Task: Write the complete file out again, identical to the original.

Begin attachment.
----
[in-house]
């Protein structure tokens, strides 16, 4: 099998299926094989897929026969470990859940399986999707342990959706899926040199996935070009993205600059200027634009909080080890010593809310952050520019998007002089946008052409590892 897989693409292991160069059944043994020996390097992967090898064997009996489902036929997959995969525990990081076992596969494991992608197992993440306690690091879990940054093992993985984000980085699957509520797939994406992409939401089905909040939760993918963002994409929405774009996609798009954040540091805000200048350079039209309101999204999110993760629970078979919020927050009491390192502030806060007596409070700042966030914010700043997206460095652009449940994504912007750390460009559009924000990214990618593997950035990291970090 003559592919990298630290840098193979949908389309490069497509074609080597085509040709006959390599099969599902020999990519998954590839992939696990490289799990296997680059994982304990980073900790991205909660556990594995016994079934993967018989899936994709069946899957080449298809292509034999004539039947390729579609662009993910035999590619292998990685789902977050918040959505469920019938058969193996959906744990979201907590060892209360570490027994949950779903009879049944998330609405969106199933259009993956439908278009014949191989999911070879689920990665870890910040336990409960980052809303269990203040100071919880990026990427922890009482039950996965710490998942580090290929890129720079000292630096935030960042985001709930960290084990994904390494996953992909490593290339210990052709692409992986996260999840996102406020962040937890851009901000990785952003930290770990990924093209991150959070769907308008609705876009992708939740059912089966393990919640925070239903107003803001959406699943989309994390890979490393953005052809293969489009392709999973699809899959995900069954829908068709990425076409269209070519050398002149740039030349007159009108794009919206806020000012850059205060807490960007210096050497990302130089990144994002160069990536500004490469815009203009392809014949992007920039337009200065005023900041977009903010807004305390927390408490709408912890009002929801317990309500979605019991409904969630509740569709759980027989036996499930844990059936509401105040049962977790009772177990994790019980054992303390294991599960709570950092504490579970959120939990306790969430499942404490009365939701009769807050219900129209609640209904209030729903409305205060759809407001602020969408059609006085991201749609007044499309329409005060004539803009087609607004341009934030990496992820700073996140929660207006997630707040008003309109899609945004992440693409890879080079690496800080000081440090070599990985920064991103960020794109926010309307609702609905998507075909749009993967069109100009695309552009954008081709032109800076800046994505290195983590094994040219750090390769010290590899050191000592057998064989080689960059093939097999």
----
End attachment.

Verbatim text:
[in-house]
């Protein structure tokens, strides 16, 4: 099998299926094989897929026969470990859940399986999707342990959706899926040199996935070009993205600059200027634009909080080890010593809310952050520019998007002089946008052409590892 897989693409292991160069059944043994020996390097992967090898064997009996489902036929997959995969525990990081076992596969494991992608197992993440306690690091879990940054093992993985984000980085699957509520797939994406992409939401089905909040939760993918963002994409929405774009996609798009954040540091805000200048350079039209309101999204999110993760629970078979919020927050009491390192502030806060007596409070700042966030914010700043997206460095652009449940994504912007750390460009559009924000990214990618593997950035990291970090 003559592919990298630290840098193979949908389309490069497509074609080597085509040709006959390599099969599902020999990519998954590839992939696990490289799990296997680059994982304990980073900790991205909660556990594995016994079934993967018989899936994709069946899957080449298809292509034999004539039947390729579609662009993910035999590619292998990685789902977050918040959505469920019938058969193996959906744990979201907590060892209360570490027994949950779903009879049944998330609405969106199933259009993956439908278009014949191989999911070879689920990665870890910040336990409960980052809303269990203040100071919880990026990427922890009482039950996965710490998942580090290929890129720079000292630096935030960042985001709930960290084990994904390494996953992909490593290339210990052709692409992986996260999840996102406020962040937890851009901000990785952003930290770990990924093209991150959070769907308008609705876009992708939740059912089966393990919640925070239903107003803001959406699943989309994390890979490393953005052809293969489009392709999973699809899959995900069954829908068709990425076409269209070519050398002149740039030349007159009108794009919206806020000012850059205060807490960007210096050497990302130089990144994002160069990536500004490469815009203009392809014949992007920039337009200065005023900041977009903010807004305390927390408490709408912890009002929801317990309500979605019991409904969630509740569709759980027989036996499930844990059936509401105040049962977790009772177990994790019980054992303390294991599960709570950092504490579970959120939990306790969430499942404490009365939701009769807050219900129209609640209904209030729903409305205060759809407001602020969408059609006085991201749609007044499309329409005060004539803009087609607004341009934030990496992820700073996140929660207006997630707040008003309109899609945004992440693409890879080079690496800080000081440090070599990985920064991103960020794109926010309307609702609905998507075909749009993967069109100009695309552009954008081709032109800076800046994505290195983590094994040219750090390769010290590899050191000592057998064989080689960059093939097999």